| Payton North
LONGMEADOW – Superintendent of Longmeadow Public Schools Dr. Marty O’Shea came before the town in a Longmeadow TV update video filmed on March 20 in an effort to “update the learning community,” on where the district stands during these times in regard to the school closure, at-home learning and upcoming testing such as MCAS or advance placement (AP) exams.
First, O’Shea commended the community for their resilience and for their creativity and sense of community.
“What I’ve heard from regularly over the last week or so from our teachers is that they miss the students, that they miss the children in their classes. I think it’s caused all of us to further understand the reasons why we entered into education in the first place,” O’Shea explained.
“Likewise, I’ve heard that from families. Parents and guardians have indicated to us that the children are very interested in staying connected to their teachers, so that connectedness is critical for all of us at this juncture,” O’Shea stated. “I think some of us have heard the explanation that we shouldn’t call it ‘social distancing,’ that we ought to call it ‘physical distancing.’ It’s important to keep our social connections as alive as possible under these tough circumstances.”
As O’Shea delved into the meeting, he explained that he wanted to share the guidance that he has provided to families and educators in town.
“I think the guidance that we have at this time, it rests on three important assumptions. Number one, we recognize that students will not have access to the typical supports that they enjoy during a regular school day. We also recognize that we cannot possibly replicate all the good that happens in a regular school day when students have an opportunity to be with their peers and learn from their teachers,” he said.
Continuing, O’Shea noted that they want to be “respectful and mindful” of the schedules and routines that families are creating. He explained that they want to provide learning opportunities for students during this time, while also recognizing that there are new routines and schedules being created for families as a whole.
Finally, O’Shea noted that there must be the assumption that they trust the judgment and professionalism of Longmeadow teachers. “They’re compassionate people who want to support families and want to sustain learning through this closure period,” he said.
O’Shea explained that they want teachers to stay connected, teachers will continue to be timely and responsive in their communication with families, and finally, that the district would like to continue learning during this time.
“Again, understanding that we can’t possibly replicate a typical school day, the emphasis at this point is on enrichment, on school enhancement, on review, it is on perhaps revisiting material that is uncomfortable and familiar to students. We hope that as much as possible the work that is being provided is encouraging student self-direction as well,” he said.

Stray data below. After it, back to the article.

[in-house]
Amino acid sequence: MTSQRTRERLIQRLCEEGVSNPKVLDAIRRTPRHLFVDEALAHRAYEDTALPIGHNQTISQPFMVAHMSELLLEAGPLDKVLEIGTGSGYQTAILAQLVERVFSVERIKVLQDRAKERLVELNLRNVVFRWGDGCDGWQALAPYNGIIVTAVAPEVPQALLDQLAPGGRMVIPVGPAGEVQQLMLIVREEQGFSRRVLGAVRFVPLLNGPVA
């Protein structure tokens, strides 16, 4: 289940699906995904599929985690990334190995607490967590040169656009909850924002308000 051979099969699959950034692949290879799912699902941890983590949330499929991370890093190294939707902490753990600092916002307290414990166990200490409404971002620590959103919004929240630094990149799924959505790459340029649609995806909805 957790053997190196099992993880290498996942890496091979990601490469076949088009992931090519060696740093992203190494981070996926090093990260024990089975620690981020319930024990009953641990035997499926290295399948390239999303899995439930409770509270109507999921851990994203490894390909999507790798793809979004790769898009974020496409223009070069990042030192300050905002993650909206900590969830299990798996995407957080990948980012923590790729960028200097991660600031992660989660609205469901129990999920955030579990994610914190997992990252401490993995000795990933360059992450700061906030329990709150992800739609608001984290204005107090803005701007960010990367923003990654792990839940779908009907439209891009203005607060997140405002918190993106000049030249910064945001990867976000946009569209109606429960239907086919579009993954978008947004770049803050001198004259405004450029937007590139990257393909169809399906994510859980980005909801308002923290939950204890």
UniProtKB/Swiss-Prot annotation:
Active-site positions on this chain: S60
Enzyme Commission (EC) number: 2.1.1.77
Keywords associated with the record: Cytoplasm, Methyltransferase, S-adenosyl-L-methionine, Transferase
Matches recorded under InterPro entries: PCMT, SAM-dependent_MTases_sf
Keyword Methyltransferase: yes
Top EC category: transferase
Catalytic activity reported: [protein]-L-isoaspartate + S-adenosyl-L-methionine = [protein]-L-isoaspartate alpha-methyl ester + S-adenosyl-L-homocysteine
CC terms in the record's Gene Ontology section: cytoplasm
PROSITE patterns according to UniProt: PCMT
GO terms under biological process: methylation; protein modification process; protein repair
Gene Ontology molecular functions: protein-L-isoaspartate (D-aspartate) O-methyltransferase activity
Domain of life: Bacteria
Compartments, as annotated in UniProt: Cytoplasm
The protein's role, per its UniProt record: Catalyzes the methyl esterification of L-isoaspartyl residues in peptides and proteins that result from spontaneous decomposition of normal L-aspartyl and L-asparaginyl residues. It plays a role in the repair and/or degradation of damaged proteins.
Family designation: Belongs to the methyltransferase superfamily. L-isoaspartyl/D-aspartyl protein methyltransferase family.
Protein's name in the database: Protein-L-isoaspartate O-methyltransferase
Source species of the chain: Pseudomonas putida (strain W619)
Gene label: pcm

O’Shea then reassured families that when students return to school, whether it be April 7 or at a later date, they will “meet students where they are.”
“Our obligation is to be flexible, to give students opportunities to revisit assignments and to create opportunities for growth when students return,” he said.
One of the main questions O’Shea said he has received from students and families is when school will resume. He explained that he doesn’t “pretend at the time of this taping to have any special insight on that,” and continued to note that his information on the closure is coming from the Department of Education and some of the media reports that are accessible to “all of us.”
He then noted that as of the taping on March 20, it did not look like students would have to attend school past the 185th scheduled school day. He explained further, that there is a 180 day school calendar and they built in 185. According to O’Shea, the Department of Education said schools will not have to go past the 185th scheduled day, which puts the calendar at June 24.
“If this were to continue longer I think it would be an opp for us to reframe our expectations for staff and families and students,” he then said they’d have to think “long and hard” about the work they’re requiring, the accessibility of the opportunities, and more.
O’Shea noted the state is exploring state–wide supports to allow for remote learning, however short of that he said they would look for district-wide and school-wide approaches as well.
When it comes to grading student work, O’Shea explained that they’ve given teachers some discretion to grade work for students in grades six through 12. He then noted that they want to give students the opportunities to show teachers what they can do.
“It might be that if this continues beyond April 6 that we will need to revisit our expectations in that area,” O’Shea added.
In regard to “end of year tests,” O’Shea indicated that they are “looking at and exploring all options when it comes to MCAS testing,” which he explained could include reducing the amount of tests students take, the testing windows, or potentially eliminating the standardized exams completely. Of course, he noted that this was the situation as of March 20 and the information could change by the time the video was made public.
For students who are taking AP exams, the way tests are delivered will be changed “significantly.” O’Shea noted that the district has hundreds of dedicated students enrolled in AP courses at Longmeadow High School.
“Traditional, face-to-face exams will not occur,” O’Shea said of the AP exams. Currently, the College Board is developing online options to replace the AP exams for this year. Moving forward, there will be two testing windows for students who are looking to take the exams, however those windows are not available yet.